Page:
A wooden socket was fitted into the stirrup of his saddle and with this he could ride as skillfully as before. In the lean, last years of his life, he could be seen hopping along under an old beaver hat in San Francisco to and from Biggs and Kibbe’s corner to Martin Horton’s. Something in his appearance stamped him as a remarkable man.

Major Horace Bell, noted western ranger, lawyer, author, and editor of early Los Angeles, relates that he saw Pegleg near a Mother Lode town, lying drunk on the roadside, straddled by his half-breed son who was pounding him in an effort to arouse him from his stupor.

Smith had little success as a prospector, but saw in man’s lust for gold, ways to get it easier than the pick and shovel method.

In the pueblo days of Los Angeles, Smith was a frequent visitor at the Bella Union, the leading hotel. Always surrounded by a spellbound group, he lived largely. When his money ran out he always had a piece of high-grade gold quartz to lure investment in his phantom mine.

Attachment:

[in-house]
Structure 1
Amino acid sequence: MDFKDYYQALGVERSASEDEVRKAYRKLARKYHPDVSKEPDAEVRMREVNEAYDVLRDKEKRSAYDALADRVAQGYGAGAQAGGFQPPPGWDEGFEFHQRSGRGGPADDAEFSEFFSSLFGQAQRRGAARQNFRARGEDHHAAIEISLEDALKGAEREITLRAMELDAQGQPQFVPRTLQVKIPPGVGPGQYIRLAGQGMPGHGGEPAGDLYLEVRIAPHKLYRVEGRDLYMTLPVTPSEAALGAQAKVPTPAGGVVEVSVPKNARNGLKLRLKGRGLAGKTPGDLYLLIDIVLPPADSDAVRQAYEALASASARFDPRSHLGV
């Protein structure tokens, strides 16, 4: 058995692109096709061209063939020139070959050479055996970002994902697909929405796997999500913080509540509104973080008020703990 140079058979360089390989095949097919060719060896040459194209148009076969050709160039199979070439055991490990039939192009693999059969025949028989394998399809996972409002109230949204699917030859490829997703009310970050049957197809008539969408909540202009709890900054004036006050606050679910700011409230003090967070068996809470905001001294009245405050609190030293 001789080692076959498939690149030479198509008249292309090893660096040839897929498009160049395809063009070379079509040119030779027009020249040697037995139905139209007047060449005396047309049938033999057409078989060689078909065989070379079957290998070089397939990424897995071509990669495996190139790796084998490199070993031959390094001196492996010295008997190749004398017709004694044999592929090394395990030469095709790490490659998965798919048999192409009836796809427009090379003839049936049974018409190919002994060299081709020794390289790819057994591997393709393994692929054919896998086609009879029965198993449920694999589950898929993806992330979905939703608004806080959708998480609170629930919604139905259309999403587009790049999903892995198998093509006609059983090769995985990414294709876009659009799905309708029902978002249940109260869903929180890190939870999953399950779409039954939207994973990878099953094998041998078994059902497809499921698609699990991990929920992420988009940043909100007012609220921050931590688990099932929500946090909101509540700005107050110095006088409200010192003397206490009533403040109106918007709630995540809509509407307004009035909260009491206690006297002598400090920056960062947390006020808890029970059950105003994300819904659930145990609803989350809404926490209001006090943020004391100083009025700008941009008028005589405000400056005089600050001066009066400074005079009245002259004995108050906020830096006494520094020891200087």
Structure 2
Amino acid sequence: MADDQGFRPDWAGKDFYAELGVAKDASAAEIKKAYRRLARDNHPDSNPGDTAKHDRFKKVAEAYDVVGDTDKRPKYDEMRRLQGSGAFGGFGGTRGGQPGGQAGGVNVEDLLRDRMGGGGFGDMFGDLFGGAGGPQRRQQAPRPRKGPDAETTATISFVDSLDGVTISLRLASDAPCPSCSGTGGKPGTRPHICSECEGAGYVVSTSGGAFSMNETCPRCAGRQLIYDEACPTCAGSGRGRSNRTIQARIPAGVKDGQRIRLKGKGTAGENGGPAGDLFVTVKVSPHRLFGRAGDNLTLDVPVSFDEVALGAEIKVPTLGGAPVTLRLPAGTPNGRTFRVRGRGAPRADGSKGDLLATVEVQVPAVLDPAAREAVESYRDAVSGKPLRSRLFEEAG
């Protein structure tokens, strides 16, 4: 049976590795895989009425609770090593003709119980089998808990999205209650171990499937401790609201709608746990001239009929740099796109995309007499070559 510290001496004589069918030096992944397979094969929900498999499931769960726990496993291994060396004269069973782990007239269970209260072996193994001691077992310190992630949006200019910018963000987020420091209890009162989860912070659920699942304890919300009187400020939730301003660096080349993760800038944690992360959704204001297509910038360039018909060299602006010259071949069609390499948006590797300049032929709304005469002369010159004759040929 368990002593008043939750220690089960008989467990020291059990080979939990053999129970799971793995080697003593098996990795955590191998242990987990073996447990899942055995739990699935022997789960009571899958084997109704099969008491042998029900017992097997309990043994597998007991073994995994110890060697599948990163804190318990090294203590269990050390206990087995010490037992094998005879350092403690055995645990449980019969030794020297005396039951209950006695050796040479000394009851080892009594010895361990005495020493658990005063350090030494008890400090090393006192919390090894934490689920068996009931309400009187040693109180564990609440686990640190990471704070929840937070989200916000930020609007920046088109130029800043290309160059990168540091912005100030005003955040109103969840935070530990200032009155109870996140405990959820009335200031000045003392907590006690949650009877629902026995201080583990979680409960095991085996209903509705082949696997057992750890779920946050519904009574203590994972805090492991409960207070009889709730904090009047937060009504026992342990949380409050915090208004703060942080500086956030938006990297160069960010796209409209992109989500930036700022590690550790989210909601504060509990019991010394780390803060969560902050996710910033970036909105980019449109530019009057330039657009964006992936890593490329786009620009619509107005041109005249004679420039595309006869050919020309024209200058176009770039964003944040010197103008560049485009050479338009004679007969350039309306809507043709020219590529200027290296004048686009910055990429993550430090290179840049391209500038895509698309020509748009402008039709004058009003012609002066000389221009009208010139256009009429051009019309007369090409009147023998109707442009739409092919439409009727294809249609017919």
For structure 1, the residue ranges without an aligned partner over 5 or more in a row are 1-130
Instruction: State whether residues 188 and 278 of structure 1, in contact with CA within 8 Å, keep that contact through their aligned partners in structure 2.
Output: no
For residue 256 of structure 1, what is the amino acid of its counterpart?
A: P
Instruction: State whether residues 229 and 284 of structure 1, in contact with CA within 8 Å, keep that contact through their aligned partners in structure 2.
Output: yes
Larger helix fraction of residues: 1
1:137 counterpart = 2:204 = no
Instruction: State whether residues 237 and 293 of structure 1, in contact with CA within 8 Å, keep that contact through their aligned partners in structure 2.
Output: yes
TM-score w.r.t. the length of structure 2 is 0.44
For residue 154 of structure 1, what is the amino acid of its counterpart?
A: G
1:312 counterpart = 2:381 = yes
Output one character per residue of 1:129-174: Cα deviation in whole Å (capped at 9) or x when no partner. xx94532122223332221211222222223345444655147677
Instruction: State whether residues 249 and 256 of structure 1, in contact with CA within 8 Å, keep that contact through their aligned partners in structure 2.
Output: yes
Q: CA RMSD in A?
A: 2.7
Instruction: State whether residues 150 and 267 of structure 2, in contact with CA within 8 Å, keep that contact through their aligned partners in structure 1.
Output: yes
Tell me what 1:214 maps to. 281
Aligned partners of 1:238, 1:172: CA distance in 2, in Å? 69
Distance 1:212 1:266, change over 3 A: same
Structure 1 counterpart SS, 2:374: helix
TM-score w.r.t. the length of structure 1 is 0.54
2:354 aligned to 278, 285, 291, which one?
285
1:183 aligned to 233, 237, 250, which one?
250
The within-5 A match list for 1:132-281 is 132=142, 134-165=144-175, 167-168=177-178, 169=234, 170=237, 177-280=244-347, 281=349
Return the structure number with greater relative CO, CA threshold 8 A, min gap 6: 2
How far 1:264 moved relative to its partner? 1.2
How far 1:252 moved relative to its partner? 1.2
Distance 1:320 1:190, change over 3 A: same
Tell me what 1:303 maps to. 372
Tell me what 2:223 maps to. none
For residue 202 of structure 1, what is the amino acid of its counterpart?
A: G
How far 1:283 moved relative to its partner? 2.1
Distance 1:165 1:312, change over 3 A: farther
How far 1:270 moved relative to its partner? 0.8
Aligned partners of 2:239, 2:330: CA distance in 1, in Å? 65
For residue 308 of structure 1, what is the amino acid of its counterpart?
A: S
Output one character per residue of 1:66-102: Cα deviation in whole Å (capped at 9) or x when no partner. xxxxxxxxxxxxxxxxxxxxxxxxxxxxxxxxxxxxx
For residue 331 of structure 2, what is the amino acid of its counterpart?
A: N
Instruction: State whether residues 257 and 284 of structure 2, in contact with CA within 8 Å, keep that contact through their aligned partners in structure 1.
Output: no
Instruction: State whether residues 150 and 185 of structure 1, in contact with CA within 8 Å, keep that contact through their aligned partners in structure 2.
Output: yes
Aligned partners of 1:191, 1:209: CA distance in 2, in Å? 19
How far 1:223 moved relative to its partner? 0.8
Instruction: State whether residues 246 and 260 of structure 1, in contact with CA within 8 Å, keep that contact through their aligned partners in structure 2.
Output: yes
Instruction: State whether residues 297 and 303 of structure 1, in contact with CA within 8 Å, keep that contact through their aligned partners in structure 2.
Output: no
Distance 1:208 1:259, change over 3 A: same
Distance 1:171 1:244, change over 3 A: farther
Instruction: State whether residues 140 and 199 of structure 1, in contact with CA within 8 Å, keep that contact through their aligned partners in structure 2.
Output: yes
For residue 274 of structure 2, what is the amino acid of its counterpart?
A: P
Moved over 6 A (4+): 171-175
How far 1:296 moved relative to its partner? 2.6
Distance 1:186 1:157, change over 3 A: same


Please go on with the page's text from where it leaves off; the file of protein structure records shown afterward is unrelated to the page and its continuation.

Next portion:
And so we have the Lost Pegleg, located anywhere from Shoshone to Tucson. Nevertheless, no adequate story of the movement of civilization westward can ignore South Pass and Pegleg Smith.

About 25 miles east of Shoshone and set back from the road under willows and cottonwoods, an old house identifies a landmark of Pahrump Valley—the Manse Ranch, once owned by the Yundt family.

The original Yundt was among the first settlers, contemporary with Philander and Cub Lee and Aaron Winters. Yundt was a squaw man and his children, Sam, Lee, and John followed the father in taking squaws for their wives.